“I am very happy to work in the oil and gas industry. It is a technology industry [and] Innovation,” one attendee said, “I think our industry is leading the way,” another echoed, adding that “natural gas infrastructure can contribute to ambitious environmental goals including decarbonization, and net zero.” “

The energy transition is coming

At this point, no one doubts, even in the oil and gas industry, that the energy transition is coming — it is, after all, unfolding before our eyes. But opinions differ widely on what the pace will look like. Predictions of when oil demand will peak are everywhere. Against this uncertain background, oil and gas companies have made some forays into decarbonization technologies such as carbon capture and hydrogen, which were on display at CERAWeek. Companies including Exxon, Oxy, Saudi Aramco and Petronas had elegant displays showing their efforts on these fronts.

“It’s very exciting,” one said. “There is a lot of change and growth in the industry far from what it used to be.”

But in the short term, oil demand is expected to reach a level above 100 million barrels per day this year. And with prices already rising, the question of when, or even if, producers will raise production is front and center.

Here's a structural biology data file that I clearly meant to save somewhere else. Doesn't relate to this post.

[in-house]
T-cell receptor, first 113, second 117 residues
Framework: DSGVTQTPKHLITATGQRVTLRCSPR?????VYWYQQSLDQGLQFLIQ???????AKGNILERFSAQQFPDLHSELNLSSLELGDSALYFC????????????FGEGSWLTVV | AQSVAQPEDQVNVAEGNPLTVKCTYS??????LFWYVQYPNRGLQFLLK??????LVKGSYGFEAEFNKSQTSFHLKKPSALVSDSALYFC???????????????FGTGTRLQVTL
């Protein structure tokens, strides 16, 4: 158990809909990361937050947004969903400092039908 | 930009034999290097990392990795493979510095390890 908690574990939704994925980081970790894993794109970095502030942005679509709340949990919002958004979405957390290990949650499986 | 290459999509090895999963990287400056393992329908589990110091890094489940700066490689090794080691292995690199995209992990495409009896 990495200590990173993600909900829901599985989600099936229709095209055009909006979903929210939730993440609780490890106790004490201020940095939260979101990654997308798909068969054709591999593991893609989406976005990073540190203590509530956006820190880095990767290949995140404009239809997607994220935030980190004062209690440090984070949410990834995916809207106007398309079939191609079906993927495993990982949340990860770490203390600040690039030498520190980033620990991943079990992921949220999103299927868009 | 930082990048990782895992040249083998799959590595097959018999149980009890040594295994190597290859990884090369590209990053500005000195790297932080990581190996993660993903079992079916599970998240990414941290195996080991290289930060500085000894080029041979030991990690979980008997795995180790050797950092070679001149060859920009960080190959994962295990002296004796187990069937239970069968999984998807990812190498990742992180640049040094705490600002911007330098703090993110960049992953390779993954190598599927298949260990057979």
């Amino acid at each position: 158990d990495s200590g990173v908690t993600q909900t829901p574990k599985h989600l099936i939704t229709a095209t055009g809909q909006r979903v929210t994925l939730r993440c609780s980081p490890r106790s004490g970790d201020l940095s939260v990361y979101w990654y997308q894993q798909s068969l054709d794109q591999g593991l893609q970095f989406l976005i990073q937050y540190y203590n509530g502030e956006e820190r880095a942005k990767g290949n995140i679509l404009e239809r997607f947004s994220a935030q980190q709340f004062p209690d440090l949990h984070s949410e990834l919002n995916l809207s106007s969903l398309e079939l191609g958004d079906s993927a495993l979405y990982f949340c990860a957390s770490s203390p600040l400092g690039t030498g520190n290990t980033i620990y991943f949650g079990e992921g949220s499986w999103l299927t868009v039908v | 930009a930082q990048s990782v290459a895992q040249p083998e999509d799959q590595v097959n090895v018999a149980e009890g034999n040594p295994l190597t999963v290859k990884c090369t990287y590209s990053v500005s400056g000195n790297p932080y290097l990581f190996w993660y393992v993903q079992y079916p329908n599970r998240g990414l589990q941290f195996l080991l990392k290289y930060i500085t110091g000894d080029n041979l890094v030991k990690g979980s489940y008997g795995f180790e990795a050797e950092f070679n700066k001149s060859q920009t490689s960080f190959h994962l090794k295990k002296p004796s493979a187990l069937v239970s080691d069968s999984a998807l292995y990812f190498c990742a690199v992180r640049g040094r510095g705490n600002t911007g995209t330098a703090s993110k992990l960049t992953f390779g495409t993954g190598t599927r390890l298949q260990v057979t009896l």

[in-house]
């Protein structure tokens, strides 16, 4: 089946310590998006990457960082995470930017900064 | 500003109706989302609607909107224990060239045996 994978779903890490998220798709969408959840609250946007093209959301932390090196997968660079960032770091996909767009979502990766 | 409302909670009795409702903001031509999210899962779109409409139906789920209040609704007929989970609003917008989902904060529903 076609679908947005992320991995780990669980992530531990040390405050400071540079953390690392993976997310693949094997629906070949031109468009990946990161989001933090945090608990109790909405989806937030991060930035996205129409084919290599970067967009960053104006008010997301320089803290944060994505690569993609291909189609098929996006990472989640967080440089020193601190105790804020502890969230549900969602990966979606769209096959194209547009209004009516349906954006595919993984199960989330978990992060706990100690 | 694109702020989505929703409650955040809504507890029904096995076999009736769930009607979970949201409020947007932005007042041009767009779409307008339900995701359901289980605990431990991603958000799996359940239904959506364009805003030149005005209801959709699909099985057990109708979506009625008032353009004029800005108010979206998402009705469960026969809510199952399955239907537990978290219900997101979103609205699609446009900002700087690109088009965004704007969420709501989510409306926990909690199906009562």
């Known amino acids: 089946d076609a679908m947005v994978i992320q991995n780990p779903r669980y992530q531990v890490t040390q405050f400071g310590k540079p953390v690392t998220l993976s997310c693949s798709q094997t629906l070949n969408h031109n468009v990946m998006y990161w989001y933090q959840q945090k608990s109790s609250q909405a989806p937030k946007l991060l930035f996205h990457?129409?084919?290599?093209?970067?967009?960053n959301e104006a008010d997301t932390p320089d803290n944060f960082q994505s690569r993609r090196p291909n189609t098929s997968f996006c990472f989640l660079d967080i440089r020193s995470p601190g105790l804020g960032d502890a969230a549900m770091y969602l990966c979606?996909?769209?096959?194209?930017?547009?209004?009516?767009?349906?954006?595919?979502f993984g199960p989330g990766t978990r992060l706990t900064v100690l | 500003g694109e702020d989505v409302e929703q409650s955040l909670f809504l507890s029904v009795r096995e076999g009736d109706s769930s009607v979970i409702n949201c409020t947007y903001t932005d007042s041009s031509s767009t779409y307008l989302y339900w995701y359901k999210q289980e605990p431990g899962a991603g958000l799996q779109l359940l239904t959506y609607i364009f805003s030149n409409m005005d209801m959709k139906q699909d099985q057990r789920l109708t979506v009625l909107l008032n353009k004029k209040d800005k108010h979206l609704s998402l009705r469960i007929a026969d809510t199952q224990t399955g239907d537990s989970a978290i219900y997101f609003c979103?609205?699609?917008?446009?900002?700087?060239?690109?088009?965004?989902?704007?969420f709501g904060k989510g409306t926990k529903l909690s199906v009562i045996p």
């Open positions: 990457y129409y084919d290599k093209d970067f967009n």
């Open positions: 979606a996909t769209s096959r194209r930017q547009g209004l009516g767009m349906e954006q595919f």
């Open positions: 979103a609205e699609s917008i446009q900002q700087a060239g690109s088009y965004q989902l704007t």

“It will lead the industry to accelerate the energy transition, but in the near term I think we will see more oil and gas because the world needs them,” said one of the participants, a director at an independent oil and gas company.

Most important to mind, of course, was Russia’s ability to significantly influence the global energy trade by controlling much of oil and natural gas production, and because the market is “very intertwined and intertwined.”

Attendees during CERAWeek 2022 organized by S&P Global in Houston, Texas, US, on Wednesday, March 9, 2022.

F. Carter Smith | Bloomberg | Getty Images

Even before the Ukraine crisis, oil prices were slowly but surely rising from the never-before-seen lows hit during the pandemic. The US oil index briefly traded in negative territory as the virus drained demand for petroleum products.

Oil price hikes raise recession threat